India’s Cultural diplomacy and Indian Diaspora
Cultural diplomacy is a specified form of diplomacy that encourages a deliberate effort of cultural exchange. It facilitates the understanding of foreign cultural dynamics. Itis exchange of ideas, information, art, lifestyles, value systems, traditions, beliefs another aspects of cultures.
The Indian Diaspora is a generic term to describe the people who migrated from territories that are currently within the borders of the Republic of India. It also refers to their descendants. The Diaspora is currently estimated to number over twenty million. composed of “NRIs” (Indian citizens not residing in India) and “PIOs” (Persons of Indian Origin who have acquired the citizenship of some other country). The Diaspora covers practically every part of the world. It numbers more than a million each in eleven countries, while as many as twenty-two countries have concentrations of at least a hundred thousand ethnic Indians.
Cultural diplomacy can be defined as a track II, non-conventional diplomatic practice, aimed at identifying cultural patterns of behavior as well as the commonalities of two or more competing groups in order to find a common ground of dialogue, while preserving culturally sensitive aspects.
Alternatively, Cultural diplomacy can be defined as “the exchange of ideas, information, art and other aspects of culture among nations and their peoples to foster mutual understanding”.
Cultural diplomacy includes exchanges between people in different countries, through which individuals are able to visit foreign countries and learn about the culture and society of the foreign country. It includes the study of another country’s language, traditions, and lifestyle. Culture is an exceedingly broad term, thus contributing to the vast range of areas that fall under the definition of cultural diplomacy. For instance, culture includes literature, the arts in general, customs, habits and traditions, humans’ behavior, history, music, folklore, gestures, and social relationships. Thus, any interaction or exchange between the people of two countries in any of these areas is considered cultural diplomacy, as is the study of these fields as they exist in a foreign country.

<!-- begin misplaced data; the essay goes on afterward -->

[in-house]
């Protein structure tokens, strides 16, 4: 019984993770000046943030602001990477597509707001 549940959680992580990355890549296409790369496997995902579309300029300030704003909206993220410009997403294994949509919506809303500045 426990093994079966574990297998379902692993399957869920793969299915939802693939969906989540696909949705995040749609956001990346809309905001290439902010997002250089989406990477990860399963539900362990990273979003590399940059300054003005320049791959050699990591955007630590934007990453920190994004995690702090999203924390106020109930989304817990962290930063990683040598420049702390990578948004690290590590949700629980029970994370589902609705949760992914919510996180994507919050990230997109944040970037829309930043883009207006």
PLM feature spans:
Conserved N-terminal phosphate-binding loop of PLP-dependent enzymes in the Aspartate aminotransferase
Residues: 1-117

Independent India recognised the importance of cultural diplomacy, as an instrument for people to people connectivity. Ministries of External Affairs and Culture share the responsibility for promoting cultural diplomacy. India has signed 126 bilateral cultural agreements and is currently implementing 58 Cultural Exchange Programmes with other countries. Bilateral Agreements, however, are not prerequisite for the conduct of cultural diplomacy.
To achieve this objective, India set up a nodal body, called the Indian Council for Cultural Relations (ICCR) in 1950. Since its creation, ICCR has used a number of instrumentalities, like Cultural Centres, Festivals of India, Chairs of Indian Studies, etc. in promoting not only cultural but broader linkages with countries across the world.
In an endeavour to strengthen its relationship with Southeast Asia, India has actively used culture as an important instrument of its Look East Policy (LEP). Unlike in the past when cultural diplomacy was largely viewed as India’s veiled effort towards cultural dominance, the renewed thrust on the cultural diplomacy has received genuine appreciation from Southeast Asian countries.
The Indian government has taken a number of policy initiatives in order to engage this diaspora. The Pravasi Bharatiya Diwas, begun in 2003, is held every year in January. The Indian government is also working towards setting up a Person of Indian Origin (PIO) University in India and India Development Foundation, which can facilitate the development of human resources.
India has signed formal cultural agreements with almost every Southeast Asian country.
The major thrust of India’s cultural diplomacy is fostering better trade and economic relations and at the political level. The important aspect includes –
1. Know India Program – To help familiarize Indian Diaspora youth, in the age group of 18-26 years, with developments and achievements made by the country and bringing them closer to the land of their ancestors. KIP provides a unique forum for students and young professionals of Indian Origin to visit India, share their views, expectations and experiences and to develop closer bonds with the contemporary India.
2. Annual “Pravasi Divas” – To connect India to its vast Indian Diaspora and bring their knowledge, expertise and skills on a common platform.
3. “Brand India” image as part of its outreach to a global audience.
4. Indian Council of World Affairs (ICWA) – The ICWA organizes events, including organization of Academic Conferences.
5. Religion – The emphasis is on spiritualism rather than on religion per se, on yoga, vegetarian food, meditation and mental peace.
6. Indian films
7. Indian music and dance
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